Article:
It would be hard to overstate the influence of rock style in the second half of the 20th century. Whether it was Freddie Mercury’s mascara or Johnny Rotten’s safety pins, we gazed upon our chosen idols in awe of their looks as much as their music.
Rock Style, at the Barbican Centre in London, is the first major exhibition to celebrate the influence of rock and pop musicians on popular culture. Stage costumes, but also photographs, original record covers, vintage magazines, concert footage and video are all on show, visual examples of the rock ‘n’ roll lifestyle.
Since the 1950s, musicians have explored every imaginable style and invented new ones along the way. Glam, Grunge, Punk, Indie, Hip-Hop, the pendulum has swung furiously from one extreme to the other.
The urge to be different, to be noticed, has always driven performers to sartorial excess, going right back to the 1950s with Little Richard and Chuck Berry, two great survivors of rock.
But it was their doomed contemporary, Elvis Presley, who first embodied the zeitgeist with his sleak black hair, smouldering looks and pelvic gyrations. His transition from virile, leather-clad biker to bloated self-parody in a jewel-encrusted jumpsuit was one of the great tragedies of the rock ‘n’ roll years.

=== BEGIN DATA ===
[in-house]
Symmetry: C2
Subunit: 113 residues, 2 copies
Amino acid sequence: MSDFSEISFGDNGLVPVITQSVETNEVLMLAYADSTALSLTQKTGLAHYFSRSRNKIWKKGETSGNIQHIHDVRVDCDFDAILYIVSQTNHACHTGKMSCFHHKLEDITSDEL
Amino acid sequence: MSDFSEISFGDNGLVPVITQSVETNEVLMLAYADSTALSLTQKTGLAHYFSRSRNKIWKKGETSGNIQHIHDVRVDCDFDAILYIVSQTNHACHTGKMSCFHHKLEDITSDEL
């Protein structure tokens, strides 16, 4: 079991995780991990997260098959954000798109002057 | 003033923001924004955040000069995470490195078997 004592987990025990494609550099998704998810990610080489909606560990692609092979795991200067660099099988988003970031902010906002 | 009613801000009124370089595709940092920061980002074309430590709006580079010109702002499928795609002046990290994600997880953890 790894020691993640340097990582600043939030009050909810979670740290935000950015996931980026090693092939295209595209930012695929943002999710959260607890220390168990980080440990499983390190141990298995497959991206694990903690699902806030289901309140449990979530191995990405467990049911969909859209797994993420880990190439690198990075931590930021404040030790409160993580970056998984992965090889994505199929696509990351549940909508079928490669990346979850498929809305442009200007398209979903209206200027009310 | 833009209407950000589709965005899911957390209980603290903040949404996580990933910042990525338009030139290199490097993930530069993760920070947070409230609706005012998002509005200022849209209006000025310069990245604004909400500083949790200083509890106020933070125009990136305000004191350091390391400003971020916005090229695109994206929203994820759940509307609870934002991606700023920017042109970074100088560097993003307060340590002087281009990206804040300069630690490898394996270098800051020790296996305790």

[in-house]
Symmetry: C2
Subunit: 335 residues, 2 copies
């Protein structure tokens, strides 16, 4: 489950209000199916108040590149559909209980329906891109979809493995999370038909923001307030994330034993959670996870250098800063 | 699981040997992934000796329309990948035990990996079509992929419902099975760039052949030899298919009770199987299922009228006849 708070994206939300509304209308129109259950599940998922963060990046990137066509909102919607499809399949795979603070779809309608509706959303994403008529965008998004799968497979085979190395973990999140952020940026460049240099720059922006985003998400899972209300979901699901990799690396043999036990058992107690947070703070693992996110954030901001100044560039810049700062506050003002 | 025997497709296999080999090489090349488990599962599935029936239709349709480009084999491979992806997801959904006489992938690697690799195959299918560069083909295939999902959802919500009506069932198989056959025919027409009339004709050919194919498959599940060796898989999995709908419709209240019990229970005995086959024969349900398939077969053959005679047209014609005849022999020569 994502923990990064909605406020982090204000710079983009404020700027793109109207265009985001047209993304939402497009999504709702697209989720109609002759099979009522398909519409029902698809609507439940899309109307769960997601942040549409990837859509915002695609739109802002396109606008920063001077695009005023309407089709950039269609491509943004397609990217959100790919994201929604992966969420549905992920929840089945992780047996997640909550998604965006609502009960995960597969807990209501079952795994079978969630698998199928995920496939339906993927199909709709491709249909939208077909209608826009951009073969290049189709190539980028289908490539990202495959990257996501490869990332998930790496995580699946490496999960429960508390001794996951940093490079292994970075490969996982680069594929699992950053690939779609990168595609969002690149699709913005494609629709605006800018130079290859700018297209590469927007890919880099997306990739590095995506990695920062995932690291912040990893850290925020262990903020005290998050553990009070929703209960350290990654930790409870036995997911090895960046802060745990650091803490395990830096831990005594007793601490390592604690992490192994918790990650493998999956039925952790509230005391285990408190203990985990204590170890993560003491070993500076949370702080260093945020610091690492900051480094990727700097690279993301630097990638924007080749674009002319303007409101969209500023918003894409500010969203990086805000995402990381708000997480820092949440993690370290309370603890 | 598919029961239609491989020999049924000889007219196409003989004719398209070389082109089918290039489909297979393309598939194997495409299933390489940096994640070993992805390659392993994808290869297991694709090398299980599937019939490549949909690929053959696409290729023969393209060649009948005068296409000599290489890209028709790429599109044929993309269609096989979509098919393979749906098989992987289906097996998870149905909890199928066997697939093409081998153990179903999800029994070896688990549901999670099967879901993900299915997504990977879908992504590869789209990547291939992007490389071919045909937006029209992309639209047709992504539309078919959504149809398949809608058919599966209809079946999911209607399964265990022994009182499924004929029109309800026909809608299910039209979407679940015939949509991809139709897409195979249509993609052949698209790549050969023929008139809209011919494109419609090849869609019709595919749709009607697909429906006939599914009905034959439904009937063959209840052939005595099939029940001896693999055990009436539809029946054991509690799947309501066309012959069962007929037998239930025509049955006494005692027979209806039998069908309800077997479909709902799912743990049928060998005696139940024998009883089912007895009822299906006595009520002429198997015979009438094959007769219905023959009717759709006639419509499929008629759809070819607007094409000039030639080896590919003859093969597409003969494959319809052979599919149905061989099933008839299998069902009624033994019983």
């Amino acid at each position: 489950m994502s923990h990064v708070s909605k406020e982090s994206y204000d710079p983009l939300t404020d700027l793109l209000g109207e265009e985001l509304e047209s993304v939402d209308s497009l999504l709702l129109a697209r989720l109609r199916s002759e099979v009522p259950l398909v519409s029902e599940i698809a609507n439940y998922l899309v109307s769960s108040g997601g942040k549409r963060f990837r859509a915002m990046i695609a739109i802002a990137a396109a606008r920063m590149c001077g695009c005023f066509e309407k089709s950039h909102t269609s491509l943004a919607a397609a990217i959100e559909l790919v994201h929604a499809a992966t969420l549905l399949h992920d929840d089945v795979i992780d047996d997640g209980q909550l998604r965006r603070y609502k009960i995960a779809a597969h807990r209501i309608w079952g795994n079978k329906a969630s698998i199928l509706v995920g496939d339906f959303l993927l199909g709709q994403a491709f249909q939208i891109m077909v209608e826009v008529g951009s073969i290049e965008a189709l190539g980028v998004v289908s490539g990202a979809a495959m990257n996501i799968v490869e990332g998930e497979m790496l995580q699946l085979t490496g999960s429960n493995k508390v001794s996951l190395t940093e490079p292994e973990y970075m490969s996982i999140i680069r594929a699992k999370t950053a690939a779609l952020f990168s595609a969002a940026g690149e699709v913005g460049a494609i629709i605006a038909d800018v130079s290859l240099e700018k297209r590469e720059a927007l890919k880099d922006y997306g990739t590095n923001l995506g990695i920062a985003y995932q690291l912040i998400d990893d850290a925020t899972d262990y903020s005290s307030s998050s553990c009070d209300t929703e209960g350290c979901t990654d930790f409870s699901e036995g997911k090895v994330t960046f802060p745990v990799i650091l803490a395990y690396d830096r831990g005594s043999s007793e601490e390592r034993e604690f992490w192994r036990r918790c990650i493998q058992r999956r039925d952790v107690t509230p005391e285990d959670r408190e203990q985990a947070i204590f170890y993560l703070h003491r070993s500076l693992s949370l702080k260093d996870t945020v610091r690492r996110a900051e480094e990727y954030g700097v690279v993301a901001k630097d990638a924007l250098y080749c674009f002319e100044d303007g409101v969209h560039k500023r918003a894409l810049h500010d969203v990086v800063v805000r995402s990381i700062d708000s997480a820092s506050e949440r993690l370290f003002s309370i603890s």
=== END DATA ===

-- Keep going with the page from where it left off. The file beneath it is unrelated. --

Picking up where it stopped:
Elvis was already international when The Beatles first started playing Liverpool’s Cavern Club in the late 1950s. In those days they favoured black leather jackets and T-shirts, like their US role models. It was only when manager Brian Epstein came on the scene they acquired the identical moptops and homogenised Pierre Cardin suit sans collar. Today they look twee and choirboyish, but at the time they seemed like the last word in pop chic.
The death of Epstein and the Fab Four’s foray into hallucinogenic drugs and Indian mysticism led to a series of image transformations that set the pace for the 1960s and 1970s. Not only did the music become more interesting and complex, but the musicians appeared to reinvent themselves physically with each new album.